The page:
Temperature modifies the association between air pollution and respiratory disease hospital admissions in an industrial area of South Africa: The Vaal Triangle Air Pollution Priority Area
Keywords:Air pollution, PM10, PM2.5, NO2, SO2, O3, black carbon, apparent temperature; respiratory disease; hospital admissions; South Africa; heat effects; case-crossover
Background: Epidemiological studies reported independent effects of air pollution and temperature on health, yet these two
exposures are often treated as separate risk factors. Few studies investigated temperature effect modification on the health effects of
air pollution in Africa and none examined the effects of black carbon on respiratory disease (RD) hospitalisations. The aim of this study
was to determine whether the association between RD hospitalisations and air pollution in the Vaal Triangle Air Pollution Priority Area
was modified by apparent temperature (Tapp) during January 2013 to February 2020.
Methods: RD admission data (ICD10 J00-J99) were obtained from two hospitals located in Vanderbijlpark and Vereeniging. Ambient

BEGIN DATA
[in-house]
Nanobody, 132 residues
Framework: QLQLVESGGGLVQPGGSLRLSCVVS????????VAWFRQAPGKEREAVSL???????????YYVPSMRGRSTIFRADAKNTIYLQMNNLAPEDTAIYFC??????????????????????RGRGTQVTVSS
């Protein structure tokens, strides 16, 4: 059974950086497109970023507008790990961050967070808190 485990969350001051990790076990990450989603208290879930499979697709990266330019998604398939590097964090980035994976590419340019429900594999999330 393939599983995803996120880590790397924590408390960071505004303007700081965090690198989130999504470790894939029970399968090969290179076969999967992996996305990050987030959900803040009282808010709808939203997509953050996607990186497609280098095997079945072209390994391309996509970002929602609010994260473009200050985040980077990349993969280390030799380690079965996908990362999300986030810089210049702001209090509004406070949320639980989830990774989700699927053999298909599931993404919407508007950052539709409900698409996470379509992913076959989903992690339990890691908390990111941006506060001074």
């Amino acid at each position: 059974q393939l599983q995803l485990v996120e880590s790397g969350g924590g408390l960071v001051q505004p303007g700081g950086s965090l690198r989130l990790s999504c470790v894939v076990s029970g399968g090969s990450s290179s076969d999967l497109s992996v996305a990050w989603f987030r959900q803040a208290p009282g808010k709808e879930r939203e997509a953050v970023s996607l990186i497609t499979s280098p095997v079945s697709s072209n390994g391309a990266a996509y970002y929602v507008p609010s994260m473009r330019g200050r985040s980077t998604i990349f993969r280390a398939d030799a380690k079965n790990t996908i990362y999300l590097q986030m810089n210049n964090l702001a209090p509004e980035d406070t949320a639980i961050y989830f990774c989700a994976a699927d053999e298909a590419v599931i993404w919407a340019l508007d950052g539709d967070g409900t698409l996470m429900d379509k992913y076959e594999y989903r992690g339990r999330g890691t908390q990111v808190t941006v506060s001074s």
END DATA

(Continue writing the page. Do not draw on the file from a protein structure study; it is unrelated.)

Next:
PM10, PM2.5, BC, NO2, SO2 and O3, temperature and relative humidity data were obtained from six monitoring stations. A case-crossover epidemiological study design was applied. Lag0-1 was investigated, i.e. the average air pollutant level on the day and the day before hospitalisation. Models were adjusted for public holidays and Tapp. Effect modification was investigated by stratifying days into low, moderate and high Tapp days. Susceptibility by age and sex was investigated.
Results: Of the 43 386 hospital admissions, 50.9% (n=22 092) were women and 51.4% (n=22 304) were 0-14-year olds. Air pollutants
exceeded the daily WHO air quality guidelines generally on more than 50% of the days. In general, moderate Tapp worsened the effects of PM2.5, PM10, SO2 and BC, whilst the effects of NO2 and O3 were most pronounced on days with high Tapp. The elderly and females were more vulnerable to air pollution, especially on days with moderate Tapp.
Conclusions: These results indicate that the risk of RD hospitalisation due to ambient air pollution exposure is different on low,
moderate and high Tapp days in Vanderbijlpark and Vereeniging.
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Copyright (c) 2022 Janine Wichmann, Nandi Mwase, Bukola Olutola
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